After Feebee passed away following a lengthy battle with lymphoma, Amber came into my life. She was a stray who was brought to the animal hospital I worked at with her five kittens. I did not think I was ready for another cat yet. The wound from Feebee’s passing was still very fresh and raw, but coming home to an empty house was becoming increasingly difficult, so I took Amber home, “just for the weekend.” I really liked having her quiet, gentle energy around, and decided I was going to foster her. She became the classic “failed foster,” and for almost ten years, her gentle, loving, wise presence, not to mention her almost constant purr, brought love and affection into my life until she passed away after a sudden illness last May.
With both Feebee and Amber, I had occasionally thought about bringing another cat home with me. I worked at various animal hospitals, so there were always a cats that needed homes, and some touched my heart more than others. But I held off. I intuitively knew Feebee was the classic “only cat.”
And then Buckley came into my life in the spring of 2005. Those of you who’ve read Buckley’s Story already know this story, but for those of you who haven’t, here’s the abbreviated version. She was brought to the animal hospital I managed after being rescued from a farm in Southwestern Virginia. I took one look at her and fell in love. Hard. And fast. She became my office cat at the animal hospital. In 2006, I left the animal hospital to start my own business, and the thought of leaving Buckley behind was more than I could bear.
Everybody said I was crazy to try to introduce two adult tortoiseshell cats to each other. If you know anything about torties, you know about “tortitude.” They’re known to have some pretty distinct personality traits, and they’re not always known for getting along with other cats. I won’t go into the details of what I went through to introduce Buckley to Amber, but I also won’t spoil the book for you if you haven’t read it yet, because it’s no secret that they ended up getting along beautifully.
For the first time in my life, I had more than one cat – and I really loved it. A year and a half after Buckley died in November of 2008, I adopted Allegra to join Amber and me. Sadly, Amber passed away suddenly only five short weeks after Allegra joined our family, and it took another year before I had worked through my grief and was ready to add another cat to our family. Ruby joined us in April of this year.
I’ve been lucky. Amber and Buckley got along very quickly. Amber initially wasn’t too thrilled when Allegra joined us. She was twelve years old at the time, Allegra was seven months old. On paper, that’s not a great match. It’s usually better to match up cats who are close in age and temperament. Amber and Allegra were neither. But Amber was laid back and mellow enough to accept the rambunctious newcomer after just a few days.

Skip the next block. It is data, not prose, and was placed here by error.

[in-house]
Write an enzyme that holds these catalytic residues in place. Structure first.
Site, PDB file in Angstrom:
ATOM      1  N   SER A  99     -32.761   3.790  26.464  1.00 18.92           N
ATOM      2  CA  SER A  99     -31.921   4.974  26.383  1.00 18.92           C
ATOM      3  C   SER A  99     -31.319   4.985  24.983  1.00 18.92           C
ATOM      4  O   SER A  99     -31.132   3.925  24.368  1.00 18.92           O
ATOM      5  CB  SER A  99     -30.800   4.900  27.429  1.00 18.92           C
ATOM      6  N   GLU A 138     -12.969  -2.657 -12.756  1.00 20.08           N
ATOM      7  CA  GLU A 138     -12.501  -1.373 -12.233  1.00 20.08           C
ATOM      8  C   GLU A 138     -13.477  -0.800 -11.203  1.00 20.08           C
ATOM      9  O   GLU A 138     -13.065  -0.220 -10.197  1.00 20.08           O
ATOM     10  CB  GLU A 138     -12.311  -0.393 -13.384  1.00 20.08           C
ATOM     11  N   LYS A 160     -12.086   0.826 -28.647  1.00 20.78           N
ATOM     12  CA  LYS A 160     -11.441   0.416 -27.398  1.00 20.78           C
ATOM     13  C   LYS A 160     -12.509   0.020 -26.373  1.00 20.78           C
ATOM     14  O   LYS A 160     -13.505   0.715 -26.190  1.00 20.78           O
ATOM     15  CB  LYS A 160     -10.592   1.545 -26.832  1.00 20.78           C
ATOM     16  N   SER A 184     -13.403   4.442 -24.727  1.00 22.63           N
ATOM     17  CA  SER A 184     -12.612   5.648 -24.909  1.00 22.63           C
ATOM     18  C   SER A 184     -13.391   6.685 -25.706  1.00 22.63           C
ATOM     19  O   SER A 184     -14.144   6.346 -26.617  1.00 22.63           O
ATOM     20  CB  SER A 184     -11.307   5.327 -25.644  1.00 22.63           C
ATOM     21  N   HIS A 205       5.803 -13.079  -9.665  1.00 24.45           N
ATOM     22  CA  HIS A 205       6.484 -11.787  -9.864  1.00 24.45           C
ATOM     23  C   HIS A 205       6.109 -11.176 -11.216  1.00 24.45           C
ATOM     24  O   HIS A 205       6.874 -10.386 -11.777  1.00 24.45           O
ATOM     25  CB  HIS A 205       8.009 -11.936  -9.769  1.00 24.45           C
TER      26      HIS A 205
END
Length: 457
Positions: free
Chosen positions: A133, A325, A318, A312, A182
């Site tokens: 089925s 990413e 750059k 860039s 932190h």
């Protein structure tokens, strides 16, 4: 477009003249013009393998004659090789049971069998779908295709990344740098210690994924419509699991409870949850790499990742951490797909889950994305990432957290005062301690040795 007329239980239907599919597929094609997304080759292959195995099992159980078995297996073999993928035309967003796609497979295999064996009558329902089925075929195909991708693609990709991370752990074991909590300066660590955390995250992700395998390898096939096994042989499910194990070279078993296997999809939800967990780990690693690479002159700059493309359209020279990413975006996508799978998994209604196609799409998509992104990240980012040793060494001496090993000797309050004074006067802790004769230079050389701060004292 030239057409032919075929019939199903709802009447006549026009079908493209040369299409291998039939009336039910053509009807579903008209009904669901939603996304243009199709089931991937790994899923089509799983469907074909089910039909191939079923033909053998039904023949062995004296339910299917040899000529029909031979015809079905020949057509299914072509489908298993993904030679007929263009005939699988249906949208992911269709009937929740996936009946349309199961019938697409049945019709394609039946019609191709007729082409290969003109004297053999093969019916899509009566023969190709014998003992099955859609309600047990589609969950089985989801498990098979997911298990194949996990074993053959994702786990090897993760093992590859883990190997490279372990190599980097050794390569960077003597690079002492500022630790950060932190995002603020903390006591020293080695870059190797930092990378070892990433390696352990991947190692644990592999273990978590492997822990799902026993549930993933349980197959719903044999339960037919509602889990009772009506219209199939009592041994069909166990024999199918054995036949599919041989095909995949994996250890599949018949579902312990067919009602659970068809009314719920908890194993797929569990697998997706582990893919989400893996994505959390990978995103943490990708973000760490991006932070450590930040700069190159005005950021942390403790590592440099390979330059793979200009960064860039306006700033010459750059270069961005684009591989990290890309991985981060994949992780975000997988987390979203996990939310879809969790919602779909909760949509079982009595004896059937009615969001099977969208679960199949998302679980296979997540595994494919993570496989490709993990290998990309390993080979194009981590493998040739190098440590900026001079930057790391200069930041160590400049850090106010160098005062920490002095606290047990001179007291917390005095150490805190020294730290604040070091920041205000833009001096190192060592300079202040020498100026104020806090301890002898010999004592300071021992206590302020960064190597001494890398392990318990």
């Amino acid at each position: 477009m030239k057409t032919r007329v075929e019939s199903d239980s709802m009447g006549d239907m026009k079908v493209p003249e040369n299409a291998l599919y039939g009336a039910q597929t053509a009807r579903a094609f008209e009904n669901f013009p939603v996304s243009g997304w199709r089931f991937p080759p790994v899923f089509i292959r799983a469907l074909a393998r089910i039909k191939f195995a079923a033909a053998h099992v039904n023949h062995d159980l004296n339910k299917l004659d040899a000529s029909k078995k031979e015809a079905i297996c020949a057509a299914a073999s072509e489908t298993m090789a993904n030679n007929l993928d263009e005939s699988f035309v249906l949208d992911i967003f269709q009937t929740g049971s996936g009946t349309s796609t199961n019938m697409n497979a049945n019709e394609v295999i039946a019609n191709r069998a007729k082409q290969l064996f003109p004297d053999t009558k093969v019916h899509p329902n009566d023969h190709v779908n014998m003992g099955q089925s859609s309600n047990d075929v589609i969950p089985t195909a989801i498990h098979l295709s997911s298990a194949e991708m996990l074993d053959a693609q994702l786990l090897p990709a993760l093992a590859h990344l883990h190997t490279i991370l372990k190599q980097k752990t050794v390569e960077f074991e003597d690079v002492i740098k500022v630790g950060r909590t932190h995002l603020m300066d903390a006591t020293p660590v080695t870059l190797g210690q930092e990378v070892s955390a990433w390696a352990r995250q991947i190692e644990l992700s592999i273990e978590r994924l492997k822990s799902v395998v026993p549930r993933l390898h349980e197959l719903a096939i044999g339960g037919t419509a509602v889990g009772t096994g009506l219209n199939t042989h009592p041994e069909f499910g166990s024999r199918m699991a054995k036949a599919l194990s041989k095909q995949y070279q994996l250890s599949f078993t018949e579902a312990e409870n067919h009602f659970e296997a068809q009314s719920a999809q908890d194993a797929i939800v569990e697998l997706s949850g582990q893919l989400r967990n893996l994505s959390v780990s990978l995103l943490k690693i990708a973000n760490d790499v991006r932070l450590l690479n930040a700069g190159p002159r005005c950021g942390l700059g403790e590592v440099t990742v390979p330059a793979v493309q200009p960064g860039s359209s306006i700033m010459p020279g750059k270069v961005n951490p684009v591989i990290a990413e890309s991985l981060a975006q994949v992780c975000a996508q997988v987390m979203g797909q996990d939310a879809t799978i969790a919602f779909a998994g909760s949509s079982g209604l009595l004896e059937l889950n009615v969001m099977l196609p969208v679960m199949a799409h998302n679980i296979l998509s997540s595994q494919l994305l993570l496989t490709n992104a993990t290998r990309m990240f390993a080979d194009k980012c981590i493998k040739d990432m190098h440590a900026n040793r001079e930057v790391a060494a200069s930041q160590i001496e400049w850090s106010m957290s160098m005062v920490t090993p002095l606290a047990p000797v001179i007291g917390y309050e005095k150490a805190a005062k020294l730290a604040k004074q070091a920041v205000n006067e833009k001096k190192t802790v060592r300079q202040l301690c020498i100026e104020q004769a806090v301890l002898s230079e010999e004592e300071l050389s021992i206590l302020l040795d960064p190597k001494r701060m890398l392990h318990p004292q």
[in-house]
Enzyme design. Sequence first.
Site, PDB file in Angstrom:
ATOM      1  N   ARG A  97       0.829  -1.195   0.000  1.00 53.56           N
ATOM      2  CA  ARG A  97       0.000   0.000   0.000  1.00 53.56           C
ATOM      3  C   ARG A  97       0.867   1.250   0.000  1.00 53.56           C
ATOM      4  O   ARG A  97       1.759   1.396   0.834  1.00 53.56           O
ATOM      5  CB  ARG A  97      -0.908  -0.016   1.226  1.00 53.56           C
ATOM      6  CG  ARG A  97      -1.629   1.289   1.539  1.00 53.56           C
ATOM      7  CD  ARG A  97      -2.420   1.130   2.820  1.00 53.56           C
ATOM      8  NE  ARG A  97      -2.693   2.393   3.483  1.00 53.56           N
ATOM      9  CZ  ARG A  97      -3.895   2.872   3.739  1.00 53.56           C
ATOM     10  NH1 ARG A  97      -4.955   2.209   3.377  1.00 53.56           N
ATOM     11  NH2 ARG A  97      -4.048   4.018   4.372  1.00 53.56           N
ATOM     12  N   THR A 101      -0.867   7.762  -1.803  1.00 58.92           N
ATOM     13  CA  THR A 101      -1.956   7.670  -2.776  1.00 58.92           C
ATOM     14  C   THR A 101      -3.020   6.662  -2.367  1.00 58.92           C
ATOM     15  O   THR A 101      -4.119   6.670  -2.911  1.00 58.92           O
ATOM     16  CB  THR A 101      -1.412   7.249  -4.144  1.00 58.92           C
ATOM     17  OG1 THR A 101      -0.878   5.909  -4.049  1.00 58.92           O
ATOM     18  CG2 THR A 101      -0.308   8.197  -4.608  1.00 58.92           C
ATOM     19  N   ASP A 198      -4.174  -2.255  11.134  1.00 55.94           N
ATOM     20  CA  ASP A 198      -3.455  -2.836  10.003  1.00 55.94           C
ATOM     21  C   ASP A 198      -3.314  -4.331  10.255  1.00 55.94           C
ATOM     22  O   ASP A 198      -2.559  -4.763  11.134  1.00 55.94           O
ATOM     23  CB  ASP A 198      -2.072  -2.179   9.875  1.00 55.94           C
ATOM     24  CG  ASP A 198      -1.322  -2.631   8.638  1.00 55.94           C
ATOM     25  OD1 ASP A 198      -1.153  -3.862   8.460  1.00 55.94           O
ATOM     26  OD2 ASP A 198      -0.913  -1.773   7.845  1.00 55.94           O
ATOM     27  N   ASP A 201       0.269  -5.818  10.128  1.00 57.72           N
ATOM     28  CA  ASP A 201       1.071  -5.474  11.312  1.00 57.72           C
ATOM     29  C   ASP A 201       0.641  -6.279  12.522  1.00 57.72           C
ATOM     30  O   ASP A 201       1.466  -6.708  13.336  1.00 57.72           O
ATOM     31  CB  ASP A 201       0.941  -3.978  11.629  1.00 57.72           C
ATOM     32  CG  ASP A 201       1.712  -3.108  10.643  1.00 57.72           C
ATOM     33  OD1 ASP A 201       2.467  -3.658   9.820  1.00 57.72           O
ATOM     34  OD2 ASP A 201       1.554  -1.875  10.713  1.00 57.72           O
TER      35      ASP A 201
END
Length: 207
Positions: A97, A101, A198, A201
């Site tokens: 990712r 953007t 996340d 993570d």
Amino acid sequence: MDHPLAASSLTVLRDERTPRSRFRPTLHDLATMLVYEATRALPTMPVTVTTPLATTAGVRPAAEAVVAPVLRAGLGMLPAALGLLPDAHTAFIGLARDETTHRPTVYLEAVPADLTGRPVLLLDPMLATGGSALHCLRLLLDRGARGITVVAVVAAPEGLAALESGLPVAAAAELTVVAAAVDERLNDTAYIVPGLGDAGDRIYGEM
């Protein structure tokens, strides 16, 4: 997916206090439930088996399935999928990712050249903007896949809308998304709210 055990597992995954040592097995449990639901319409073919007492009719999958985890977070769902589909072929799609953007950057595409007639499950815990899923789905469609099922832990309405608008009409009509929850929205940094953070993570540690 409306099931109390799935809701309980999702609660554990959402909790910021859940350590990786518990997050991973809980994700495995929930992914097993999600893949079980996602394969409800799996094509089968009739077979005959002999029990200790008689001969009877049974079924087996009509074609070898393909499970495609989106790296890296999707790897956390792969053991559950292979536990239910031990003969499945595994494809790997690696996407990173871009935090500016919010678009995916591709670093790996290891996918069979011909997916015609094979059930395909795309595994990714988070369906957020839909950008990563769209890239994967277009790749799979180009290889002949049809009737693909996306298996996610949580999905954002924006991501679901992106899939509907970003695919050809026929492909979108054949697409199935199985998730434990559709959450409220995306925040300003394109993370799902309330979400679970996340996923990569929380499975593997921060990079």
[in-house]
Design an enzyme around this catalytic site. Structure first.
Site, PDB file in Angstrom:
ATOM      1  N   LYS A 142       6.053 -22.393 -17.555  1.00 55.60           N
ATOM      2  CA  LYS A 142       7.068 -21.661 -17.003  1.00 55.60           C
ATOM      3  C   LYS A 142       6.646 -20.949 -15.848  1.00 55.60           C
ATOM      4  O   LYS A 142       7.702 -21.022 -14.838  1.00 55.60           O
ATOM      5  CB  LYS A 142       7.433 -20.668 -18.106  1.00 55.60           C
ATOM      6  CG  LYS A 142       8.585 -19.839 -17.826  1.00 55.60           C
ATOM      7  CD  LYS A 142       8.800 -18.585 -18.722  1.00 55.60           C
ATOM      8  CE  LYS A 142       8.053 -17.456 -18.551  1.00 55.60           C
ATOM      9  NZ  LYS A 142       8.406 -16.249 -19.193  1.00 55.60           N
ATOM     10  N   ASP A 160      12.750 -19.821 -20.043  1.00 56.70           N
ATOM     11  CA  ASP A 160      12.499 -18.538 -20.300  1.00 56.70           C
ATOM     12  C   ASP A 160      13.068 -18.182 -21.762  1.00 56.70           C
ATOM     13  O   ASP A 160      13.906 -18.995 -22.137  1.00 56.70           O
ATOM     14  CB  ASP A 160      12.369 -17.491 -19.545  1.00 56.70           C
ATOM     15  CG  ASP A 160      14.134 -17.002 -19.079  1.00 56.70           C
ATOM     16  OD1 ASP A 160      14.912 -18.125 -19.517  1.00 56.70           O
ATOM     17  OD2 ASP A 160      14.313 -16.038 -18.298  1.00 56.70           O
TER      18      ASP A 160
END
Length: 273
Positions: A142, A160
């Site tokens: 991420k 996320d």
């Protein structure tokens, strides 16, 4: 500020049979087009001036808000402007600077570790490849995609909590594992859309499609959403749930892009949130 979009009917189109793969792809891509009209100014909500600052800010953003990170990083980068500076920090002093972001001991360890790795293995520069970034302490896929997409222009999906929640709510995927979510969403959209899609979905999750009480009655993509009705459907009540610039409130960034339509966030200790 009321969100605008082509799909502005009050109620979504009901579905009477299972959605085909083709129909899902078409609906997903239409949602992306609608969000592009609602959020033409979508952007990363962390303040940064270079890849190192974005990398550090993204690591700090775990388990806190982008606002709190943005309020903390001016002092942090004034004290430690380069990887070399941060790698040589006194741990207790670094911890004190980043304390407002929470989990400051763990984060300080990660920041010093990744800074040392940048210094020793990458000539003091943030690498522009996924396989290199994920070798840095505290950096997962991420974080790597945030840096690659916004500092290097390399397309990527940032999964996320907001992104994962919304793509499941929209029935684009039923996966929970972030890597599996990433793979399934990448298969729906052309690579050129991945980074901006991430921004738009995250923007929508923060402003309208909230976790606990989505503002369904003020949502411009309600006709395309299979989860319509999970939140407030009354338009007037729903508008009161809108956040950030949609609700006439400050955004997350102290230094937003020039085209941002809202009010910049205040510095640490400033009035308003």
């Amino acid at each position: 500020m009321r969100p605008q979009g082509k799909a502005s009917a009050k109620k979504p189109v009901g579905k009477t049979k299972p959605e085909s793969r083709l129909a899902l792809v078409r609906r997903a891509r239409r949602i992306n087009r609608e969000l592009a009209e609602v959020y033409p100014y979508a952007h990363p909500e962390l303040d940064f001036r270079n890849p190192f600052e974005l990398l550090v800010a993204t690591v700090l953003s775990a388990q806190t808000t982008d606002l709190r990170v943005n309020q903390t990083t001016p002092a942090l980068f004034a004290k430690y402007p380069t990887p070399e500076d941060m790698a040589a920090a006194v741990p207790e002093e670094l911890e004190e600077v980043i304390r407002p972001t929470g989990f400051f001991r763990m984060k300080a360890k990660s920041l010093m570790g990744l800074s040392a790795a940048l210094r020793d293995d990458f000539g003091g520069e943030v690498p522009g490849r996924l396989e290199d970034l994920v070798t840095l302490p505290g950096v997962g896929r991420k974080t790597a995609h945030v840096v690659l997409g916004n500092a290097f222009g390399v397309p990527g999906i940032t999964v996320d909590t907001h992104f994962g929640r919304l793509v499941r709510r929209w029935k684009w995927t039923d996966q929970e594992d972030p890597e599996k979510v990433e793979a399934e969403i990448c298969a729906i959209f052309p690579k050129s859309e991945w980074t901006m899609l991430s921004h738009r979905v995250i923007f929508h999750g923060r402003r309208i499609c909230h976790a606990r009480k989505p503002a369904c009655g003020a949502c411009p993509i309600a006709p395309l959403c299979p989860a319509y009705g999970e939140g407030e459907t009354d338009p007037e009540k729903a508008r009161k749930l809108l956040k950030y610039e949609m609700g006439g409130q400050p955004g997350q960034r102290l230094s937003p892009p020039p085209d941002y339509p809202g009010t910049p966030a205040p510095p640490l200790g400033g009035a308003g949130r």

Allegra and Ruby were a perfect match. They were well matched on paper, they’re about a year apart in age and have similar temperaments. I knew all along that Allegra needed a companion – she came to me with some behavior issues, and even though I worked with her successfully on my own, we would probably have made faster progress if I had added another kitten to our family sooner.
Even when the match sounds good in theory, you still never know until you get the two cats together whether things will work out. With Allegra and Ruby, it was magic. I went on gut instinct and against all the traditional recommendations of how to introduce two cats to each other, and within a few hours, the two of them were comfortably hanging out in the living room together. They bonded incredibly fast. They love to play with each other, chase each other around the house, and they both sleep with me at night.
The biggest benefit of having two cats, in the case of Allegra and Ruby, has been for Allegra. She has blossomed since Ruby’s arrival. She’s become more confident, her behavioral problems have all but disappeared, and while she certainly wasn’t an unhappy cat before, now she’s far more relaxed and content.
As for me, I can no longer imagine not having two cats. It’s been such a joy to watch Allegra come into her own, and to watch Ruby and Allegra together. Do I regret not getting another cat sooner? Sometimes I do. But if I hadn’t waited, I wouldn’t have Ruby, and if the past two months are any indication, Allegra and Ruby are truly a match made in heaven.
So are two cats better than one? When they get along, absolutely. But like so many things with cats, it’s an individual decision. What may be right for one cat or one person may not be right for the next one. By doing your homework, knowing your existing cat, and learning as much as you can about the cat you’re thinking about adding to your family, you’ll make sure that you get the best possible match. And if that’s the case, then two cats are, indeed, better than one.
This post is sponsored by the Pets Add Life campaign and the American Pet Products Association. The Pets Add Live campaign spreads the word about the benefits and joys of pet ownership. Visit PAL’s Facebook Page, post pictures of your pets, and join the conversation!
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You may also enjoy reading:
New cat introductions: breaking all the rules
Keeping your single cat happy
The joys of adopting an older cat